Spending a billion Rand to upgrade two ageing SA Air Force (SAAF) medium transport aircraft does not necessitate a project being registered.
That’s the word from State-owned defence and security materiel agency and project manager Armscor. Responding to a defenceWeb inquiry, Liziwe Nkonyana, its Senior Manager: Corporate Communication, said the C-130BZ work was part of in-service support and no project name is registered for it. Work is being done at Marshall Aerospace in Cambridge, United Kingdom, where Project Ebb was executed on the same type some two decades ago.
The SAAF plans to keep its six remaining C-130BZ medium transports airworthy. Tail numbers of the C-130s the SAAF wants serviceable are 401, 402, 405, 406, 408 and 409 (404 had a nose gear collapse while performing a touch and go in 2010).
According to Nkonyane, the upgrade and refurbishment of the 28 Squadron aircraft is “to address obsolescence, compliance with mandatory aviation authority regulations and aircraft servicing”. This means a project name is not needed as it is not an upgrade – “we are just conducting modifications and aircraft servicing”.
Each of the two upgrades covered by the current tranche of National Treasury funding is expected to take around 18 months, with the first underway following the arrival of aircraft 409 in Cambridge earlier this month.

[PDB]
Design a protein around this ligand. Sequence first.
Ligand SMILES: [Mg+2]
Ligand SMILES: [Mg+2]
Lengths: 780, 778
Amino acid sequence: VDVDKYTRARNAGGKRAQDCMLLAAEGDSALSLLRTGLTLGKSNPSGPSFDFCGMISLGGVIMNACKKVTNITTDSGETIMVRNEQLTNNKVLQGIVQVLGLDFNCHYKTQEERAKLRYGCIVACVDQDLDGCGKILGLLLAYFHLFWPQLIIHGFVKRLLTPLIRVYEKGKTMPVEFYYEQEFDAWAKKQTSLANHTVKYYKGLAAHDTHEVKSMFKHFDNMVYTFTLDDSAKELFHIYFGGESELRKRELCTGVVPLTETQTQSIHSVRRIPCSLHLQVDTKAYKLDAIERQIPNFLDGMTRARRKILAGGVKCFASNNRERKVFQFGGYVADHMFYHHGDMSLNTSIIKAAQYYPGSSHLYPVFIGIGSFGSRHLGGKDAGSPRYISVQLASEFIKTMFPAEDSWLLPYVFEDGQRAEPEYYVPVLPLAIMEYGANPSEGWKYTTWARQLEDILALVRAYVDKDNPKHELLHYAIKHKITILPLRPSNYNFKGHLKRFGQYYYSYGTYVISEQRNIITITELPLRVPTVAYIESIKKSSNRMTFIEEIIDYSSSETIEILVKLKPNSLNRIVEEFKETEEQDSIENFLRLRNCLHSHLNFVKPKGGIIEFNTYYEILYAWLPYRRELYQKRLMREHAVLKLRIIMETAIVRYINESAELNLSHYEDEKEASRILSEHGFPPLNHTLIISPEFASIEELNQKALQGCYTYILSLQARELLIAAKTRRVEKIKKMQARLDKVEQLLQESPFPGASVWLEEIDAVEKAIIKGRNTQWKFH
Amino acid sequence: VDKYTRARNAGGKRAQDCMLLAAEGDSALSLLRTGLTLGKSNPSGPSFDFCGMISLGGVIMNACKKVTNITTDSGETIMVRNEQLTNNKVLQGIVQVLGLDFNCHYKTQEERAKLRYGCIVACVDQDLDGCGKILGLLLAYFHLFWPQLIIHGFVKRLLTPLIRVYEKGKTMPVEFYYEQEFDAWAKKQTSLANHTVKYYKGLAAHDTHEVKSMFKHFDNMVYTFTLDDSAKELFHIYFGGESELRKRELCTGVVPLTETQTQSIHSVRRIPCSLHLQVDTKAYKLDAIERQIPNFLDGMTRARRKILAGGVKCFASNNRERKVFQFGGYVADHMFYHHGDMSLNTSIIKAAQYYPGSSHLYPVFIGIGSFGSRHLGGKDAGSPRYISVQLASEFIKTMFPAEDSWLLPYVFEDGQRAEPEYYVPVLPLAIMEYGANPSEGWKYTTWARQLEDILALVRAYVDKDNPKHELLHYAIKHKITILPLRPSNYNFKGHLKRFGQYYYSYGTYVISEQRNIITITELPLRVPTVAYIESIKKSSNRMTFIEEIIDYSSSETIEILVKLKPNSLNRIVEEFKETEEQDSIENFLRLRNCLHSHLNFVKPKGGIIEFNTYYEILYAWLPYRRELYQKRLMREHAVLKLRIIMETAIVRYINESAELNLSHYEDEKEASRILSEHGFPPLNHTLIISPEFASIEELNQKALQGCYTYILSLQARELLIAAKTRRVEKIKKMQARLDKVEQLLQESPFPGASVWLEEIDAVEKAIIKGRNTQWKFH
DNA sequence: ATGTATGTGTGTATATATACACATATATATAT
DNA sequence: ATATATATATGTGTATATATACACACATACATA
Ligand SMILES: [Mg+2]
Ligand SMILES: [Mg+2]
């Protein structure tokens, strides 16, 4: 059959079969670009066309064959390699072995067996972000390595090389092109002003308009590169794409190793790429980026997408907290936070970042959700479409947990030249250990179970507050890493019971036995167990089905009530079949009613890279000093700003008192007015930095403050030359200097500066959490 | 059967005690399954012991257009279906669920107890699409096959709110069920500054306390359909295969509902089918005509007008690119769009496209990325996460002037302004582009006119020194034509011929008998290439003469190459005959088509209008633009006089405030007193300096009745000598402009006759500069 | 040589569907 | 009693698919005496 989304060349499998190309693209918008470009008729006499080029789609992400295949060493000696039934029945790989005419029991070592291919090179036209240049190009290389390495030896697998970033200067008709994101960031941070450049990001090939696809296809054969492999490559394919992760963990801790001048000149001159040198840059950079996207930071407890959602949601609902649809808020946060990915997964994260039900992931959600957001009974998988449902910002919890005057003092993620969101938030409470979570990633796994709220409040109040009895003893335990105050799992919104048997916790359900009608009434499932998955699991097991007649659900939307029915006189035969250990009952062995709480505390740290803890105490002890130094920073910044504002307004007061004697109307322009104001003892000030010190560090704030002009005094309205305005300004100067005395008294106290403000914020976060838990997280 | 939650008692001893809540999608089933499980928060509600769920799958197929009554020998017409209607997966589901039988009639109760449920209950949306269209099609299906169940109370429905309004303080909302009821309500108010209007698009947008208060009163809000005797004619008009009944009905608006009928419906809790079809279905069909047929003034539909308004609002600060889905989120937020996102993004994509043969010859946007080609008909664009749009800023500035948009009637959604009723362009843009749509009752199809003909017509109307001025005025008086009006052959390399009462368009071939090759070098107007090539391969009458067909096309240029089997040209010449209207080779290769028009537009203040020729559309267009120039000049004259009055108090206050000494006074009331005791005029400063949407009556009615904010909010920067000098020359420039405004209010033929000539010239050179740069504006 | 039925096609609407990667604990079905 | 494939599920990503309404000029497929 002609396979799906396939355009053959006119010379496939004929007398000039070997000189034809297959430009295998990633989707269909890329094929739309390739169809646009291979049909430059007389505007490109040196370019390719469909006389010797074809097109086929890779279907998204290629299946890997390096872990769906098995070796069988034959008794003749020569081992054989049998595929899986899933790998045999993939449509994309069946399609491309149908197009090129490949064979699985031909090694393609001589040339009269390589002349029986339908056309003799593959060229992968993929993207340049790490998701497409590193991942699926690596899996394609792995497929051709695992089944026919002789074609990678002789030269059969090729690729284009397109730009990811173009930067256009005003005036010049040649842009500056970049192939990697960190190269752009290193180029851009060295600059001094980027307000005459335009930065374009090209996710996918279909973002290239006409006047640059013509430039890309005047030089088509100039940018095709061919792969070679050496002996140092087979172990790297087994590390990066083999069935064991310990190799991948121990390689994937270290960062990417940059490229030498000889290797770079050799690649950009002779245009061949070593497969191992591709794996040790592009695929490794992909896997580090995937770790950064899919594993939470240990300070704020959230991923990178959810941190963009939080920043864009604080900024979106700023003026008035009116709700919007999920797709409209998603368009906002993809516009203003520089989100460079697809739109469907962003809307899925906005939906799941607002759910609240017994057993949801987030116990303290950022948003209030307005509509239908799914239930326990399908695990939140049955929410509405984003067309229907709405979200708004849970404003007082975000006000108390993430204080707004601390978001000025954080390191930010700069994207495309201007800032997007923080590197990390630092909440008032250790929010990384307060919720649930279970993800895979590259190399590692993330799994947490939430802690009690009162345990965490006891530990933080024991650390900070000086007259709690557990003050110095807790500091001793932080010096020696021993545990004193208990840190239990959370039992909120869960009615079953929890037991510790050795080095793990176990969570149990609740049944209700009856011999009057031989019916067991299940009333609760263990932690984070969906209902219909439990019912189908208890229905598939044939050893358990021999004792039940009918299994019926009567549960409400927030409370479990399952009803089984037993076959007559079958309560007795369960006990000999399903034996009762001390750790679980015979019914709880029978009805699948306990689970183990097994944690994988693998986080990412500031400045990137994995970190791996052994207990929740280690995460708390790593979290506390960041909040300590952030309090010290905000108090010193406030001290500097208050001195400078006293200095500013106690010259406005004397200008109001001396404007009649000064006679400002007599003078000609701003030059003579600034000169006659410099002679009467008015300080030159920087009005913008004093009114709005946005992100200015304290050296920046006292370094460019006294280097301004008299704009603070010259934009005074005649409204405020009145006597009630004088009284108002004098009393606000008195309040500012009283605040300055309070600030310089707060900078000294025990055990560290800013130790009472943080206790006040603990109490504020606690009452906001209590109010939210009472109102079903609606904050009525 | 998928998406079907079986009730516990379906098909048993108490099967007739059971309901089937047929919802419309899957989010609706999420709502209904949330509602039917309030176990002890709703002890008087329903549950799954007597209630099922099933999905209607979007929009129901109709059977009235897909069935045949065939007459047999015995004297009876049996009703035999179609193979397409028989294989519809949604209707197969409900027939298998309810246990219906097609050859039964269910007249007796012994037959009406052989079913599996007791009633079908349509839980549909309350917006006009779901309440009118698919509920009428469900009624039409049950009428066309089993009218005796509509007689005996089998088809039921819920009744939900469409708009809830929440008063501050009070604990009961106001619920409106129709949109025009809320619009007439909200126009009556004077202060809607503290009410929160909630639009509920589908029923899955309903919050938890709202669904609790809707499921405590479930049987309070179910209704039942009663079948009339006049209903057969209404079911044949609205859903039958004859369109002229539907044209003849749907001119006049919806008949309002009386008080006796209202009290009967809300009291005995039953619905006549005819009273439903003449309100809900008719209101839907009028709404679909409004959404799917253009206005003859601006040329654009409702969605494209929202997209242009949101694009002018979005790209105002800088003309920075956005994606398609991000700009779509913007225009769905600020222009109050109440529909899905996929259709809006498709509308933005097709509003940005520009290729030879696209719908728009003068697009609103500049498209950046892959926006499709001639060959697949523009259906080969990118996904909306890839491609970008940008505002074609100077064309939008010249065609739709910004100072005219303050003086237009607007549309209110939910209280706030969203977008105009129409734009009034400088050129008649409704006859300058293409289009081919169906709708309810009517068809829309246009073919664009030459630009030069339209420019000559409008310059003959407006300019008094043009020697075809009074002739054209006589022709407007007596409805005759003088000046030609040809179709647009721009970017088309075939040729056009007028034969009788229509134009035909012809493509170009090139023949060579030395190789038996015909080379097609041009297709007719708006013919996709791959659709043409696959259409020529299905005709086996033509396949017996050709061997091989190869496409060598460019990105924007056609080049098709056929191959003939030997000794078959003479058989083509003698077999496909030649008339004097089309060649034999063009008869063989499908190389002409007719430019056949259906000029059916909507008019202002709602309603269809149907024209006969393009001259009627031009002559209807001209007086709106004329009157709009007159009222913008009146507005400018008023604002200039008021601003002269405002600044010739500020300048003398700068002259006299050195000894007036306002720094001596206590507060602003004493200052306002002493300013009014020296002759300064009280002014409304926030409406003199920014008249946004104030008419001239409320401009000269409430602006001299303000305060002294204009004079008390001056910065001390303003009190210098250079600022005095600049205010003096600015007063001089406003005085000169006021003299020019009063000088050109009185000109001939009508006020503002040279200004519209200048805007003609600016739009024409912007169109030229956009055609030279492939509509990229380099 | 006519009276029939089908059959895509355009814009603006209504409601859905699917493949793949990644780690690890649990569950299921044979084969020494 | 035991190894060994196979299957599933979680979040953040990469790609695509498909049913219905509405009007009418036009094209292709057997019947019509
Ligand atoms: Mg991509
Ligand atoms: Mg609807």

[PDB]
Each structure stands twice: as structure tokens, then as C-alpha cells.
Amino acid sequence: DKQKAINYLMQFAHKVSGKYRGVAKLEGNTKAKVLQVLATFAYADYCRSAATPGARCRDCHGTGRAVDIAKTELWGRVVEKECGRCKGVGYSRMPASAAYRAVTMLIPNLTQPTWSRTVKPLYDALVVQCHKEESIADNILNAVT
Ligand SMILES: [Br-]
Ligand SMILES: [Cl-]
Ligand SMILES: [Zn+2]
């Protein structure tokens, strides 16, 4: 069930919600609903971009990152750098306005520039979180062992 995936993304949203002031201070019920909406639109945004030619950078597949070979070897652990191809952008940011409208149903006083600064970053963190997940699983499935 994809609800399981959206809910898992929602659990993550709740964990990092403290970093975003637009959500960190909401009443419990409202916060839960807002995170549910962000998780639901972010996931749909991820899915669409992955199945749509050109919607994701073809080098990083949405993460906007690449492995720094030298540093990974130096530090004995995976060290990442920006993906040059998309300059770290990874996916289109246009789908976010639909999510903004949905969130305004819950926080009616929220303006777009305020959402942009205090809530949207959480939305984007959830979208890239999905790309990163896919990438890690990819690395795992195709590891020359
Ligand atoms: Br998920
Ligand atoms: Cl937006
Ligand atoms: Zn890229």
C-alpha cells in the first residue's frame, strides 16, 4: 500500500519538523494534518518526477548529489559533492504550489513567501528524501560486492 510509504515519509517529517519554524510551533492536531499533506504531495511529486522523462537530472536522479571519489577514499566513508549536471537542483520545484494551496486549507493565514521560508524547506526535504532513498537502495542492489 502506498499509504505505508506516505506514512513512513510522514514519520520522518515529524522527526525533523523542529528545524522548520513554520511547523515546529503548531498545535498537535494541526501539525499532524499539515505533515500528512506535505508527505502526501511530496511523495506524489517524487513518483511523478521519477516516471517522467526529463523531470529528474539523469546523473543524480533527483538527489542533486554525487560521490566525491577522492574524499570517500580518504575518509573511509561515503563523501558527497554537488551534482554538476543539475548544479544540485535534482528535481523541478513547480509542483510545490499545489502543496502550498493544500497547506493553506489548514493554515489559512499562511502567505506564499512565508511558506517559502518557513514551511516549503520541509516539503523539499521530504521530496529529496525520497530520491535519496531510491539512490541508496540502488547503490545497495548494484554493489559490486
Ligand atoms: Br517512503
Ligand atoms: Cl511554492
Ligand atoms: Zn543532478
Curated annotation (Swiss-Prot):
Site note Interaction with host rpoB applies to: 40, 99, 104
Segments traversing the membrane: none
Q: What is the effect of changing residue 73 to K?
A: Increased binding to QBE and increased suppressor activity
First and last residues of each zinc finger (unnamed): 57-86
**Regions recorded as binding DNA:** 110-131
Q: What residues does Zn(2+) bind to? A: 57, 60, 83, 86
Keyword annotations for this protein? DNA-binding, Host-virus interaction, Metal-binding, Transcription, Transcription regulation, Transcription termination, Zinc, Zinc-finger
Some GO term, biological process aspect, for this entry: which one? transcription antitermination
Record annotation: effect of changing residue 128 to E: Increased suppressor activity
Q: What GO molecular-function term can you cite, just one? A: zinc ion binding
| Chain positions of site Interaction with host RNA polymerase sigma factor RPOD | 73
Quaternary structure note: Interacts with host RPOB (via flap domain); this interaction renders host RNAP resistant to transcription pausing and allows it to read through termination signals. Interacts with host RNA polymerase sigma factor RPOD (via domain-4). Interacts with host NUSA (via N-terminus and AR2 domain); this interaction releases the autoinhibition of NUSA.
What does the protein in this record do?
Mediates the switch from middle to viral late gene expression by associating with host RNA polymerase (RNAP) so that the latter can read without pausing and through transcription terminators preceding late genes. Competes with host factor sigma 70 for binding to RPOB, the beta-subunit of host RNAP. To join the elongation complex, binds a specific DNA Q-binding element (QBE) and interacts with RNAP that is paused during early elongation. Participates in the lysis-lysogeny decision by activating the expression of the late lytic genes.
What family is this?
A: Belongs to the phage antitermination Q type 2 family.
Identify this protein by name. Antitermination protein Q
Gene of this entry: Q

Refurbishing and overhauling all six C-130BZs would cost just over R4 billion with R1 billion allocated so far for aircraft 405 and 409. 405’s major service and upgrade is scheduled for mid-2024.
Under Project Ebb, Marshall Aerospace upgraded the SAAF C-130 fleet to C-130BZ standard (three aircraft were upgraded in the UK and the remaining six in South Africa by Denel) in the late nineties. The upgrade covered a major avionics upgrade package giving the aircraft a modern glass cockpit.
The SAAF aims to have one or two C-130s operational at any time while the others undergo maintenance.